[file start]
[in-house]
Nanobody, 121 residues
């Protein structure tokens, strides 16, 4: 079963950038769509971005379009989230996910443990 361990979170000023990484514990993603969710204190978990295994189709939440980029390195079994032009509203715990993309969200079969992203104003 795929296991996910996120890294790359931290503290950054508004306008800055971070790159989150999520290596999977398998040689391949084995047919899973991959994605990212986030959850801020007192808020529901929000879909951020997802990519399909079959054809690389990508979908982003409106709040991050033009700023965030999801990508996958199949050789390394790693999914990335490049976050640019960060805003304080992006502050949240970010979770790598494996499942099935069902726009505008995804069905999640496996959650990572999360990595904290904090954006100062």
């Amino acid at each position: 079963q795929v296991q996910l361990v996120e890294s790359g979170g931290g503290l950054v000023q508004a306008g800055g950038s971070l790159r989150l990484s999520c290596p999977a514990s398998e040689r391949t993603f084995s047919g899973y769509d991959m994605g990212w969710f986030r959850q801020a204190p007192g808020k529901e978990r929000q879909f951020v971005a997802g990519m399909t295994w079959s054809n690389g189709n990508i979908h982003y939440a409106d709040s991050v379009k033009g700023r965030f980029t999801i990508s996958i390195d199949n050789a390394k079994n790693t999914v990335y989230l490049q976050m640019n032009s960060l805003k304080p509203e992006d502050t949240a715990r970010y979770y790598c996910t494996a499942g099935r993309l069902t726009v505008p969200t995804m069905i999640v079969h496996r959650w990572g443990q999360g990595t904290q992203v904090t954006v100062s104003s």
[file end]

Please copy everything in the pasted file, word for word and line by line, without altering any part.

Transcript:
[in-house]
Nanobody, 121 residues
């Protein structure tokens, strides 16, 4: 079963950038769509971005379009989230996910443990 361990979170000023990484514990993603969710204190978990295994189709939440980029390195079994032009509203715990993309969200079969992203104003 795929296991996910996120890294790359931290503290950054508004306008800055971070790159989150999520290596999977398998040689391949084995047919899973991959994605990212986030959850801020007192808020529901929000879909951020997802990519399909079959054809690389990508979908982003409106709040991050033009700023965030999801990508996958199949050789390394790693999914990335490049976050640019960060805003304080992006502050949240970010979770790598494996499942099935069902726009505008995804069905999640496996959650990572999360990595904290904090954006100062």
């Amino acid at each position: 079963q795929v296991q996910l361990v996120e890294s790359g979170g931290g503290l950054v000023q508004a306008g800055g950038s971070l790159r989150l990484s999520c290596p999977a514990s398998e040689r391949t993603f084995s047919g899973y769509d991959m994605g990212w969710f986030r959850q801020a204190p007192g808020k529901e978990r929000q879909f951020v971005a997802g990519m399909t295994w079959s054809n690389g189709n990508i979908h982003y939440a409106d709040s991050v379009k033009g700023r965030f980029t999801i990508s996958i390195d199949n050789a390394k079994n790693t999914v990335y989230l490049q976050m640019n032009s960060l805003k304080p509203e992006d502050t949240a715990r970010y979770y790598c996910t494996a499942g099935r993309l069902t726009v505008p969200t995804m069905i999640v079969h496996r959650w990572g443990q999360g990595t904290q992203v904090t954006v100062s104003s």